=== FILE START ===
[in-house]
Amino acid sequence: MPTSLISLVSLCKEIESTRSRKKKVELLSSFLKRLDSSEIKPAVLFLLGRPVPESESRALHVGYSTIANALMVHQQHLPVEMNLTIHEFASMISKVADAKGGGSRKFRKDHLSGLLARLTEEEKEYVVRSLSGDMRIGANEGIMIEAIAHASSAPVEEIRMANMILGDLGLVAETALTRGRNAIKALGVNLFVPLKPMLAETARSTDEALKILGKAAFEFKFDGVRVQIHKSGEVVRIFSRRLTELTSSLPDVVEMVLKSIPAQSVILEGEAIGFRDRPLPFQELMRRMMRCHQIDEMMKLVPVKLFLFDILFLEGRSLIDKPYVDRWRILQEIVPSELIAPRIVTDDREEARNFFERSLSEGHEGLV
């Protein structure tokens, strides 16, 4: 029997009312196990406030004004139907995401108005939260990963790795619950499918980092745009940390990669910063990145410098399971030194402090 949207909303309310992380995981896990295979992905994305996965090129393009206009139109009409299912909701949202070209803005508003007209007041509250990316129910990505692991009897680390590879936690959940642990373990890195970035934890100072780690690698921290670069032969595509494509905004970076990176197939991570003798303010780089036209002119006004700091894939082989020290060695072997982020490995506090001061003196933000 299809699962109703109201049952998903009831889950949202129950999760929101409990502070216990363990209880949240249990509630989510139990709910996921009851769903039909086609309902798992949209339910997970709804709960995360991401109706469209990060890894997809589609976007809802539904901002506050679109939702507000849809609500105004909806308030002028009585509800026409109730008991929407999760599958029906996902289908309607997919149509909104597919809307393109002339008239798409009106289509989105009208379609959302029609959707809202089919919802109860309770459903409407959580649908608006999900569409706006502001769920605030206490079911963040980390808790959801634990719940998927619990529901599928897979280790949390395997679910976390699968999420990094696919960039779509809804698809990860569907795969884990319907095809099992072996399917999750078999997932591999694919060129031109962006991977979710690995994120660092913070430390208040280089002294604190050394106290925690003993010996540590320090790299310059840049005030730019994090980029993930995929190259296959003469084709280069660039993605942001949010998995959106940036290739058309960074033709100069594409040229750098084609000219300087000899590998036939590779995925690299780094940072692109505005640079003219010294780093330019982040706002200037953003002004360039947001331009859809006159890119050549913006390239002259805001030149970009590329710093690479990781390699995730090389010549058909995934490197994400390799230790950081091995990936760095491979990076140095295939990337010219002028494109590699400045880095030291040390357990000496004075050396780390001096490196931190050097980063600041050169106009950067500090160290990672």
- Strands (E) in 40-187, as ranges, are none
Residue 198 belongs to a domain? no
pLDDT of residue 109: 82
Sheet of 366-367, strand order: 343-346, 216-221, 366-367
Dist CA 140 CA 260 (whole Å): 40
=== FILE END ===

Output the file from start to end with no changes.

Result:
[in-house]
Amino acid sequence: MPTSLISLVSLCKEIESTRSRKKKVELLSSFLKRLDSSEIKPAVLFLLGRPVPESESRALHVGYSTIANALMVHQQHLPVEMNLTIHEFASMISKVADAKGGGSRKFRKDHLSGLLARLTEEEKEYVVRSLSGDMRIGANEGIMIEAIAHASSAPVEEIRMANMILGDLGLVAETALTRGRNAIKALGVNLFVPLKPMLAETARSTDEALKILGKAAFEFKFDGVRVQIHKSGEVVRIFSRRLTELTSSLPDVVEMVLKSIPAQSVILEGEAIGFRDRPLPFQELMRRMMRCHQIDEMMKLVPVKLFLFDILFLEGRSLIDKPYVDRWRILQEIVPSELIAPRIVTDDREEARNFFERSLSEGHEGLV
């Protein structure tokens, strides 16, 4: 029997009312196990406030004004139907995401108005939260990963790795619950499918980092745009940390990669910063990145410098399971030194402090 949207909303309310992380995981896990295979992905994305996965090129393009206009139109009409299912909701949202070209803005508003007209007041509250990316129910990505692991009897680390590879936690959940642990373990890195970035934890100072780690690698921290670069032969595509494509905004970076990176197939991570003798303010780089036209002119006004700091894939082989020290060695072997982020490995506090001061003196933000 299809699962109703109201049952998903009831889950949202129950999760929101409990502070216990363990209880949240249990509630989510139990709910996921009851769903039909086609309902798992949209339910997970709804709960995360991401109706469209990060890894997809589609976007809802539904901002506050679109939702507000849809609500105004909806308030002028009585509800026409109730008991929407999760599958029906996902289908309607997919149509909104597919809307393109002339008239798409009106289509989105009208379609959302029609959707809202089919919802109860309770459903409407959580649908608006999900569409706006502001769920605030206490079911963040980390808790959801634990719940998927619990529901599928897979280790949390395997679910976390699968999420990094696919960039779509809804698809990860569907795969884990319907095809099992072996399917999750078999997932591999694919060129031109962006991977979710690995994120660092913070430390208040280089002294604190050394106290925690003993010996540590320090790299310059840049005030730019994090980029993930995929190259296959003469084709280069660039993605942001949010998995959106940036290739058309960074033709100069594409040229750098084609000219300087000899590998036939590779995925690299780094940072692109505005640079003219010294780093330019982040706002200037953003002004360039947001331009859809006159890119050549913006390239002259805001030149970009590329710093690479990781390699995730090389010549058909995934490197994400390799230790950081091995990936760095491979990076140095295939990337010219002028494109590699400045880095030291040390357990000496004075050396780390001096490196931190050097980063600041050169106009950067500090160290990672």
- Strands (E) in 40-187, as ranges, are none
Residue 198 belongs to a domain? no
pLDDT of residue 109: 82
Sheet of 366-367, strand order: 343-346, 216-221, 366-367
Dist CA 140 CA 260 (whole Å): 40